Rapid mobilisation through a new crisis reaction plan
Like other NGOs active in classic development cooperation, Welthungerhilfe is searching for new answers to the multiplying number of conflicts in the world.
Though its work is still based on long-term development cooperation, the NGO is increasingly active in humanitarian emergencies, stated Till Wahnbaeck, chairman of Welthungerhilfe.
In response to the rapidly increasing number of warlike conflicts in the world, Welthungerhilfe created its own crisis reaction headquarters last year.
“We have assembled a new team that does nothing but prepare for crises. It is a mobilisation tool that makes it possible for us to promptly react and intervene in current conflicts,” Wahnbaeck explained.
The NGO is also increasingly portraying itself publicly as a quick aid provider in emergencies, something that is urgently needed, the organisation said. Famine, for instance, is a common occurrence in countries with widespread armed conflicts.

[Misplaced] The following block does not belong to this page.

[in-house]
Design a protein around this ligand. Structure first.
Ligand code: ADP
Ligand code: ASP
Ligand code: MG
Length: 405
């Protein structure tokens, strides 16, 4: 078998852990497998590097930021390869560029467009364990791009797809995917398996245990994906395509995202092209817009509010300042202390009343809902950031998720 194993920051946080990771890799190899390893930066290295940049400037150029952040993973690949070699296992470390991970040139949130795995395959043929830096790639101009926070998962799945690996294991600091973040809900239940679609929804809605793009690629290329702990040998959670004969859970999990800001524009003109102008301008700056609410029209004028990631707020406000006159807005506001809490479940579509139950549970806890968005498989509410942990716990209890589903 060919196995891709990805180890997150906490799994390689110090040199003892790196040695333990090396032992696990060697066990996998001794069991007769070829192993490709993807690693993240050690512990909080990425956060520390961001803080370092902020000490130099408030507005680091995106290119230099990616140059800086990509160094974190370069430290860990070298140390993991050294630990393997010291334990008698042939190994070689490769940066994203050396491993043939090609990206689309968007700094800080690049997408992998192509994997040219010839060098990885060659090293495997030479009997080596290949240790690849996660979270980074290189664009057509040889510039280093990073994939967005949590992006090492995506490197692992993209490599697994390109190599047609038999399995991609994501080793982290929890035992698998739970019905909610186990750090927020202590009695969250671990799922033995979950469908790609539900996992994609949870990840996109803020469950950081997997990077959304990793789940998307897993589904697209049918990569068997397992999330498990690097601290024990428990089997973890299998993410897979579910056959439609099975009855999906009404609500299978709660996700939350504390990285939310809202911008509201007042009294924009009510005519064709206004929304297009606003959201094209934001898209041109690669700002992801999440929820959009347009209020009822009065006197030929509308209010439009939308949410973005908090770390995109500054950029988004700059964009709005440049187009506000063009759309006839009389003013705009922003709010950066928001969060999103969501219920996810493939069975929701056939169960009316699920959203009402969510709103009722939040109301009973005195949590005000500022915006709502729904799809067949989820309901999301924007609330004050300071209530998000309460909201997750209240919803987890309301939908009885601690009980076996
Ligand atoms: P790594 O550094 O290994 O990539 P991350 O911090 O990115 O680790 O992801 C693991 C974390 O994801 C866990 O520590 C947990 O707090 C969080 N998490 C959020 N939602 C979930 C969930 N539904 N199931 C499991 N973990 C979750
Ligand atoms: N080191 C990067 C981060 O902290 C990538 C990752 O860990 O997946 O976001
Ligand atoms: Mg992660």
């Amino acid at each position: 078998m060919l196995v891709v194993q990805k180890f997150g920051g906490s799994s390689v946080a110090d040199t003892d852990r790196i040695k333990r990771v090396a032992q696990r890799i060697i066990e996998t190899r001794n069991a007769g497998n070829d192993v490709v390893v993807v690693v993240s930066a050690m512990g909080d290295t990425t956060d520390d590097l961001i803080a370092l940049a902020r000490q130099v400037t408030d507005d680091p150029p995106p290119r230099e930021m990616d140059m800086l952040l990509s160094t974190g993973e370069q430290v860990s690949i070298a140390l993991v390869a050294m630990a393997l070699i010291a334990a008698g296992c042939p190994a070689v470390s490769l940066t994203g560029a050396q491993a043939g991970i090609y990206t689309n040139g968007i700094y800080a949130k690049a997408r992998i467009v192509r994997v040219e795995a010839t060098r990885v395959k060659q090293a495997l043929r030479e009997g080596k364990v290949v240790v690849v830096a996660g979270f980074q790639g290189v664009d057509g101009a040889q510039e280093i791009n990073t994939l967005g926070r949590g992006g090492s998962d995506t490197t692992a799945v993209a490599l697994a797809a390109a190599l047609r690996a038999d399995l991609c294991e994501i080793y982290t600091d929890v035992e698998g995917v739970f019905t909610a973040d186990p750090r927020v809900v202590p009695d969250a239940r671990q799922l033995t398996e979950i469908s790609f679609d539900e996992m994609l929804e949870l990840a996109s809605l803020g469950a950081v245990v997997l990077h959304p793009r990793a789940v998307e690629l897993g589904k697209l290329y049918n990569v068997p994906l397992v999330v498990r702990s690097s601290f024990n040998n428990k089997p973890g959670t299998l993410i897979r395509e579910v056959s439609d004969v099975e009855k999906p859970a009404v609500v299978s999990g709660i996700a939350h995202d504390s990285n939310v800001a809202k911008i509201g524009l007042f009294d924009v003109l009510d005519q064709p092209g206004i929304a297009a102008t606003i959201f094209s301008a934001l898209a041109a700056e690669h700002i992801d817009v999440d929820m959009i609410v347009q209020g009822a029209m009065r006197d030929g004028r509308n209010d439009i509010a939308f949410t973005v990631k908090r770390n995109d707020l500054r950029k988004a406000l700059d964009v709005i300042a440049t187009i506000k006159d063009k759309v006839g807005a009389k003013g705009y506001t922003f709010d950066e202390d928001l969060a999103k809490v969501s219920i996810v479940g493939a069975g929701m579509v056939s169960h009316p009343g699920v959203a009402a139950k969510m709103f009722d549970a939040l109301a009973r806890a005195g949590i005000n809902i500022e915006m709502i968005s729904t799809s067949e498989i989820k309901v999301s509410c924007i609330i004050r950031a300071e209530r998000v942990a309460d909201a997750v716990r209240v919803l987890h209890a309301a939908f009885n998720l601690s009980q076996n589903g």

“If someone had told me four years ago that we would have to fight starvation in Syria, I would not have believed them,” Dieckmann said.
Other organisations also in crisis mode
Months ago, the children’s aid organisation World Vision complained that it is in permanent crisis mode amid the world’s many conflicts.
The organisation called for a paradigm shift from the German government and the EU on their peace policy. The topic of peace is also expected to be included in the UN’s new Sustainable Development Goals (SDGs) under target 16.